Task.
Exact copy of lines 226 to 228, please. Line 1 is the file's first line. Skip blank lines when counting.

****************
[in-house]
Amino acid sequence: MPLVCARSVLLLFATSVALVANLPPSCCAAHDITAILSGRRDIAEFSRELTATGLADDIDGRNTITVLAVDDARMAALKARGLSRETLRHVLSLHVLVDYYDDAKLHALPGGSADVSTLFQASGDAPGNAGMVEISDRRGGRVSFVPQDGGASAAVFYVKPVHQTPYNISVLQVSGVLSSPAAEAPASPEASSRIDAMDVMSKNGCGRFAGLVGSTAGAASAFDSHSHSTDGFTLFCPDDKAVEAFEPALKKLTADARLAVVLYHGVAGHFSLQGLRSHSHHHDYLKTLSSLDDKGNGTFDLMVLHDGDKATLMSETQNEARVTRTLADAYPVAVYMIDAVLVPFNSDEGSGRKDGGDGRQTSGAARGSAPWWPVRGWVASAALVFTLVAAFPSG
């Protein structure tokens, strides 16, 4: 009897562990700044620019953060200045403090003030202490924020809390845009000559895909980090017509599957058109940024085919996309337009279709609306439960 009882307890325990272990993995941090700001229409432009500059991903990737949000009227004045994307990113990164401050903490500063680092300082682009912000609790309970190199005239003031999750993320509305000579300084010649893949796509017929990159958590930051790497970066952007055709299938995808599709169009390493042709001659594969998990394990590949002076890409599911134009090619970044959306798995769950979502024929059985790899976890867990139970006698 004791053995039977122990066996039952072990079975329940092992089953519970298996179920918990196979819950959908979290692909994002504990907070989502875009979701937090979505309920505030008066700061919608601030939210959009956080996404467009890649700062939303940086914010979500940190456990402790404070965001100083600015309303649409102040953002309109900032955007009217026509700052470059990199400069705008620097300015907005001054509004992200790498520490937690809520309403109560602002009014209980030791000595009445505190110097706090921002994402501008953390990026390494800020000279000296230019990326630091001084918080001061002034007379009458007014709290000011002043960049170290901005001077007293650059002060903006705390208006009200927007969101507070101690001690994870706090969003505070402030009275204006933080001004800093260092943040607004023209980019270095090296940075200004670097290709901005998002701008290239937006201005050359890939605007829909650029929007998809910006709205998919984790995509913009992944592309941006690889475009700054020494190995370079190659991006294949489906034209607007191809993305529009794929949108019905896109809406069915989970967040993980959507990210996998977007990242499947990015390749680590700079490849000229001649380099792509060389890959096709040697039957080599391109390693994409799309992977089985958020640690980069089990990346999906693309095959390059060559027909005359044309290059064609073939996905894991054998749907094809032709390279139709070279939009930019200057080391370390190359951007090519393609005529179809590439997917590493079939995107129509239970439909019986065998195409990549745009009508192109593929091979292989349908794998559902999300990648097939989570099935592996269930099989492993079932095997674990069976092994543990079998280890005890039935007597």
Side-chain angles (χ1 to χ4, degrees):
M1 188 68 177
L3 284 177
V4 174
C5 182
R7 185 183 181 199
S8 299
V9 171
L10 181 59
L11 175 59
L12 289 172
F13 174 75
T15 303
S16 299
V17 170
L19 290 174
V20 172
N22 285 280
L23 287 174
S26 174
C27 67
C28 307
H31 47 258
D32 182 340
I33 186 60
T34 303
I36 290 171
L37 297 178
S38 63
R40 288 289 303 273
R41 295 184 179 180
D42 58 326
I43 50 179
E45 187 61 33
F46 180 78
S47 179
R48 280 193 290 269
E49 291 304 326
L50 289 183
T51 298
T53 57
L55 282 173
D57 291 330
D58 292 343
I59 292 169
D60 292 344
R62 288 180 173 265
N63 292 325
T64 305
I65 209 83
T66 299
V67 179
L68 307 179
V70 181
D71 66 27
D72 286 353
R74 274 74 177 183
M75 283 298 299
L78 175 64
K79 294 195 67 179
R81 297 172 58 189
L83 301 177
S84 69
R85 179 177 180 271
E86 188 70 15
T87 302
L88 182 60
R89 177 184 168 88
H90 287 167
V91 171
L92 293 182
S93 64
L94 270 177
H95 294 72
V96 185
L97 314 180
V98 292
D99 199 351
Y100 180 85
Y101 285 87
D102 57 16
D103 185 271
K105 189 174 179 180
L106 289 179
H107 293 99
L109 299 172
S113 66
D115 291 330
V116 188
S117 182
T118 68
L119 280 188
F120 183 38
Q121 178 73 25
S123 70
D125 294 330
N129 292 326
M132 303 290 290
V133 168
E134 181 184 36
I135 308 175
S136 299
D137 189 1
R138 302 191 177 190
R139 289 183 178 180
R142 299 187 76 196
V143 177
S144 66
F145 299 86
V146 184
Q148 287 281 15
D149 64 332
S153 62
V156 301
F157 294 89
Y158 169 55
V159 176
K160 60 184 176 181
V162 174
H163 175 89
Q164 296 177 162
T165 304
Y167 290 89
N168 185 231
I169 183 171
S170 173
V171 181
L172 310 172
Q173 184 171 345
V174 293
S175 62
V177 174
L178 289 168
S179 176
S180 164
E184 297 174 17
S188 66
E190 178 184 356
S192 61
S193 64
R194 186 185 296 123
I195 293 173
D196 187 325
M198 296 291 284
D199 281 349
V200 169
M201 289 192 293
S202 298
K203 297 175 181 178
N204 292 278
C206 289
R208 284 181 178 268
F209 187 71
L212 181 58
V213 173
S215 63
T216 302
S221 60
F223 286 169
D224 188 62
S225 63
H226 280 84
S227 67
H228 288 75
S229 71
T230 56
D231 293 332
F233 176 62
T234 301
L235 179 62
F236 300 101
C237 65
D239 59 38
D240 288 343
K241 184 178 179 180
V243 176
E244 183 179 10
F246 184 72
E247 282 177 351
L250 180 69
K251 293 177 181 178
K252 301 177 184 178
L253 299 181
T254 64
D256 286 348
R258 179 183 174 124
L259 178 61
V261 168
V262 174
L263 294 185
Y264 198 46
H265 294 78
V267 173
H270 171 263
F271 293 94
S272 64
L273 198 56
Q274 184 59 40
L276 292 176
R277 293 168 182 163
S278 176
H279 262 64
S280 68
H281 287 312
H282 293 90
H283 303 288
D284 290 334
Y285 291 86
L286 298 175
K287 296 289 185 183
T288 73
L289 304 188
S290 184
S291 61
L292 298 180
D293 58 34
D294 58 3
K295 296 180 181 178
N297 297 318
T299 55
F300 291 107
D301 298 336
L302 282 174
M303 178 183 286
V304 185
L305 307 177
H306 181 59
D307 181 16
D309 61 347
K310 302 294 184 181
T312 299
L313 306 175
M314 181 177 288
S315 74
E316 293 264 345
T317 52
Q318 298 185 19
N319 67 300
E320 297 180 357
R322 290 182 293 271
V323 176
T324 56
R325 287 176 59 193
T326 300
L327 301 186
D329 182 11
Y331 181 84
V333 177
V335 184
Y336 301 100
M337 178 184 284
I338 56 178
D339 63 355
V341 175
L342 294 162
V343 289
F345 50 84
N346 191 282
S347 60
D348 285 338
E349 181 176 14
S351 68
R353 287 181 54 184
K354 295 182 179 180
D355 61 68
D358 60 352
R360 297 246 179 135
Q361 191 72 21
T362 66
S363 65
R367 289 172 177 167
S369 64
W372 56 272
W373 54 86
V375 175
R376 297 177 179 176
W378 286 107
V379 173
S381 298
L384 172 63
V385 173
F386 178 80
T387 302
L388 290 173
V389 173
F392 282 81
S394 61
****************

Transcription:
L302 282 174
M303 178 183 286
V304 185